Soft chunks of steak and carrot swim in a thick, hearty gravy which is worth burning the tongue for, to eagerly slurp up.
The mashed potatoes are sweet and well seasoned, and the veg is elevated by the introduction of butter roasted carrots, which are delightfully sweet.
These almost-candied carrots, combined with the dark, rich undertones of meaty gravy and crumbly wholewheat pastry, is comfort food at its finest.
It is not just a bog standard 'pie n' mash' jobby either - but a delicious example of how a kitchen can make the normal, special.
The duck is well cooked, pink in the middle, and dressed in a sauce coursing with the flavour of redcurrants. There is the slightest hint of port, which brings out the full potential of the duck.
The duck is soft and melt-in-the-mouth and by itself, tasted of the great outdoors.
The potatoes were generously sautéed in garlic and rosemary, adding more deliciousness to an already masterful plate of food.
Although a top-end priced menu item, you get what you pay for and it is worth every penny.
The steak is well cooked, juicy and punched with seasoning. The fat is rendered down beautifully, leaving every bite as good as the first.
There is a nice criss-cross char on the meat which leaves lines of dark smokiness on the palate.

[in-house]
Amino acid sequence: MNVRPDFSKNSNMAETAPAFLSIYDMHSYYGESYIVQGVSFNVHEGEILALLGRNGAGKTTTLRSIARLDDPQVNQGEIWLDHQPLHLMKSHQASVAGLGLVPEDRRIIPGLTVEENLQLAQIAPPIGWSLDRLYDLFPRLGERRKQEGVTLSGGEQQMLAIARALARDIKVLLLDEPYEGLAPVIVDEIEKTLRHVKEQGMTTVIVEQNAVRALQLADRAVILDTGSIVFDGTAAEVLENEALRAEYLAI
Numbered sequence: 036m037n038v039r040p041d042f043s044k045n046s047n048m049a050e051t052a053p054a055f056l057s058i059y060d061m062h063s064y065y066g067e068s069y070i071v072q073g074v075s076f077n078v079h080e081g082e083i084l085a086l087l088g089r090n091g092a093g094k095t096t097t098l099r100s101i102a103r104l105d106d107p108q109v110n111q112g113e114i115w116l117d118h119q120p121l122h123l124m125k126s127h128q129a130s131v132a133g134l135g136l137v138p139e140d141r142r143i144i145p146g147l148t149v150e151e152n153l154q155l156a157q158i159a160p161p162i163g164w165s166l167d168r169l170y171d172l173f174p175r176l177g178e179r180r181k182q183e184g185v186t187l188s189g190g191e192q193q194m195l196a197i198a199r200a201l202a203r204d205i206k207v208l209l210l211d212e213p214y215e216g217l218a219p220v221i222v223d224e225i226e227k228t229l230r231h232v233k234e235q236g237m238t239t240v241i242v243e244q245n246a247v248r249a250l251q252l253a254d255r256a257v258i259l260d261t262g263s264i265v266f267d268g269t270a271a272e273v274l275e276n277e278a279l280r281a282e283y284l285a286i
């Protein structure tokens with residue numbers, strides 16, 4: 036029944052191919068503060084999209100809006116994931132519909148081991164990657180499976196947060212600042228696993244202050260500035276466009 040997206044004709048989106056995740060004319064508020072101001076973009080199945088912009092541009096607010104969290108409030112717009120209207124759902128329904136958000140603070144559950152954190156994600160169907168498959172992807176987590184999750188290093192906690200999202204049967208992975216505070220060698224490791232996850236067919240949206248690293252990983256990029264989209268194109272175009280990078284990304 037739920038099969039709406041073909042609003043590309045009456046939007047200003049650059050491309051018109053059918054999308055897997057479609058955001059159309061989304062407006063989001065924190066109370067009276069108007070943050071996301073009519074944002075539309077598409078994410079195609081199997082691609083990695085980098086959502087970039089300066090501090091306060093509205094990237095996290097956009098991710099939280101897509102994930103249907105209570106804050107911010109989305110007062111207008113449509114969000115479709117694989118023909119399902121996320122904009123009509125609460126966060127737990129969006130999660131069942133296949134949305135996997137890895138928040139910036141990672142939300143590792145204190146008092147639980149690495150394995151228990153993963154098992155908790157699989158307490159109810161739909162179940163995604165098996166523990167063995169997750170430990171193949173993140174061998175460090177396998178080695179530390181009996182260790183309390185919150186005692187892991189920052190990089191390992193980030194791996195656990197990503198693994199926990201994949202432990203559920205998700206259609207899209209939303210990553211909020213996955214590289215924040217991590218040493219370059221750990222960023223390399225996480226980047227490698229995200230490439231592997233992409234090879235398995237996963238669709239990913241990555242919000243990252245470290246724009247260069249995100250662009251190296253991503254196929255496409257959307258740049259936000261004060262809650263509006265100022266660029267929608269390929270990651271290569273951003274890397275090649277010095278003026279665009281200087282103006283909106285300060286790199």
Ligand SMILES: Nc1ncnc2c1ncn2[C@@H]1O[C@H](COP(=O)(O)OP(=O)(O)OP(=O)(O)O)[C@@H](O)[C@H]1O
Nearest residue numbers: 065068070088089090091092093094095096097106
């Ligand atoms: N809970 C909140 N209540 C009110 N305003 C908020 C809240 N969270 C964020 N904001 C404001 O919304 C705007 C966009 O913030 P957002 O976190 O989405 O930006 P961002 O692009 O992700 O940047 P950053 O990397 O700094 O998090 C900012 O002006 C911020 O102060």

The onion rings are the best I have tasted. Beautifully crunchy, not a lick of grease anywhere - three rings of deep-fried satisfaction.
The mushrooms are earthy and the peas are sweet. It is a well-rounded dish which leaves you wanting more, even when you are full.
With little space left in our bellies, we order desserts - an indulgent double chocolate brownie and mint chocolate ice cream with a chocolate soil, and jaw-achingly chewy, delicious, strawberry and raspberry pavlova with double cream.
We also order a citrus cheesecake, topped with mandarin and raspberry coulis.
Such rich feasting makes these generously-portioned puds our Everest, but they are so tasty and morish, we somehow find more space.
The mint chocolate ice cream is a welcome refresher and opens up the sinuses, where we find ourselves swimming in the aroma of rich, dark nutty chocolate.
The meringue on the pavlova is delightfully chewy and sweet, and the cream is thick and coats the tongue.
Fresh, slightly tart raspberries cut through the sweetness.
The pud is sizeable, and there is still quite a bit left after a sustained attack with three pudding spoons. It's certainly a showstopper, and perfect for a warm summer's day.
The cheesecake is exactly how you'd want it be, mellow and creamy and cut open by the zingy coulis.
A lovely biscuit base adds some texture, and there is a small hint of booze in the mandarin segments which adds a slight savoury taste to all the sweetness.
Lakeview Manor is more than a special venue to host a party or wedding - it's a special place to eat.
The culinary craft possessed by Chef David means every dish you'll get is a winner, and no doubt you'd find yourself returning to the dinner table time and time again to sample the latest creation cooked up by his skilled hands.
If you value what this story gives you, please consider supporting the Midweek Herald. Click the link in the yellow box below for details.